One maximizes the likelihood function L(·) with respect the parameters to obtain the maximum likelihood estimates; i.e., the parameter values most likely to have produced the observed data. To perform inference about the parameters, the frequentist recognizes that the estimated parameters ˆ result from a single sample, and uses the sampling distribution to compute standard errors, perform hypothesis tests, construct confidence intervals, and the like..

In the Bayesian perspective, the unknown parameters θ are treated as random variables, while the observations y are treated as fixed in some sense.

The focus of attention is then on how the observed data y changes the prior distribution P(θ) into the posterior distribution P(y|θ).

The posterior distribution, in essence, translates the likelihood function into a proper probability distribution over the unknown parameters, which can be summarized just as any probability distribution; by computing expected values, standard deviations, quantiles, and the like. What makes this possible is the formal inclusion of prior information in the analysis.

One difference then is that the frequentist approach optimizes the likelihood function with respect to the unknown parameters, while the Bayesian approach is more concerned with integrating the posterior distribution to obtain values for key metrics and parameters of the situation, after data vector y is taken into account.

Extracting Parameters From the Posterior Distribution

The posterior distribution, in other words, summarizes the statistical model of a phenomenon which we are analyzing, given all the available information.

That sounds pretty good, but the issue is that the result of all these multiplications and divisions on the right hand side of the equation can lead to a posterior distribution which is difficult to evaluate. It’s a probability distribution, for example, and thus some type of integral equation, but there may be no closed form solution.

Prior to Big Data and the muscle of modern computer computations, Bayesian statisticians spent a lot of time and energy searching out conjugate prior’s. Wikipedia has a whole list of these.

So the Beta distribution is a conjugate prior for a Bernoulli distribution – the familiar probability p of success and probability q of failure model (like coin-flipping, when p=q=0.5). This means simply that multiplying a Bernoulli likelihood function by an appropriate Beta distribution leads to a posterior distribution that is again a Beta distribution, and which can be integrated and, also, which supports a sort of loop of estimation with existing and then further data.

Here’s an example and prepare yourself for the flurry of symbolism –


Note the update of the distribution of whether the referendum is won or lost results in a much sharper distribution and increase in the probability of loss of the referendum.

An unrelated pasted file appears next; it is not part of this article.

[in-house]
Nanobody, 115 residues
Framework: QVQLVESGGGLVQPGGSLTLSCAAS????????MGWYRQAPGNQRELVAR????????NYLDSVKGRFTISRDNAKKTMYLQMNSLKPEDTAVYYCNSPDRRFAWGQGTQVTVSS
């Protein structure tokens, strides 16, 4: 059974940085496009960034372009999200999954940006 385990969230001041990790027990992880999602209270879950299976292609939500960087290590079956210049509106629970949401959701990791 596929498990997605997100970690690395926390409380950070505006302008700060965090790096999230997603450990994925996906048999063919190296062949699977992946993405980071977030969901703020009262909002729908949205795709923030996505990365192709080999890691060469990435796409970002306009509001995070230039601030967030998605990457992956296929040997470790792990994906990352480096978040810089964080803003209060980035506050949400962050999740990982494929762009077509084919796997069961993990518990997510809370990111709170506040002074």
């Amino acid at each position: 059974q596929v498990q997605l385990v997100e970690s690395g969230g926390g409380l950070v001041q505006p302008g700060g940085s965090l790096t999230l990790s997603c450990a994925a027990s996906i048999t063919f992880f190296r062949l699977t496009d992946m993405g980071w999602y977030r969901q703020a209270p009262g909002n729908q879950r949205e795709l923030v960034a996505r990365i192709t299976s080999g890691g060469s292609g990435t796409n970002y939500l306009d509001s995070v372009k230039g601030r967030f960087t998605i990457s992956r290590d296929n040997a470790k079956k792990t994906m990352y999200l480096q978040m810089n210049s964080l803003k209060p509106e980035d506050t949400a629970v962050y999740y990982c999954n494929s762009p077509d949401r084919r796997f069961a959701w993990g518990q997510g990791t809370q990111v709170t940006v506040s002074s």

Monte Carlo Methods

Stanislaus Ulam, along with John von Neumann, developed Monte Carlo simulation methods to address what might happen if radioactive materials were brought together in sufficient quantities and with sufficient emissions of neutrons to achieve a critical mass. That is, researchers at Los Alamos at the time were not willing to simply experiment to achieve this effect, and watch the unfolding.

Monte Carlo computation methods, thus, take complicated mathematical relationships and calculate final states or results from random assignments of values of the explanatory variables.

Two algorithms—the Gibbs sampling and Metropolis-Hastings algorithms— are widely used for applied Bayesian work, and both are Markov chain Monte Carlo methods.

The Markov chain aspect of the sampling involves selection of the simulated values along a path determined by prior values that have been sampled.

The object is to converge on the key areas of the posterior distribution.

The Bottom Line

It has taken me several years to comfortably grasp what is going on here with Bayesian statistics.

The question, again, is what difference does it make in forecasting and data analysis? And, also, if it made a difference in comparison with a frequentist interpretation or approach, would that be an entirely good thing?

A lot of it has to do with a reorientation of perspective. So some of the enthusiasm and combative qualities of Bayesians seems to come from their belief that their system of concepts is simply the only coherent one.

But there are a lot of medical applications, including some relating to trials of new drugs and procedures. What goes there? Is the representation that it is not necessary to take all this time required by the FDA to test a drug or procedure, when we can access prior knowledge and bring it to the table in evaluating outcomes?

Or what about forecasting applications? Is there something more productive about some Bayesian approaches to forecasting – something that can be measured in, for example, holdout samples or the like? Or I don’t know whether that violates the spirit of the approach – holdout samples.

I’m planning some posts on this topic. Let me know what you think.

Top picture from Los Alamos laboratories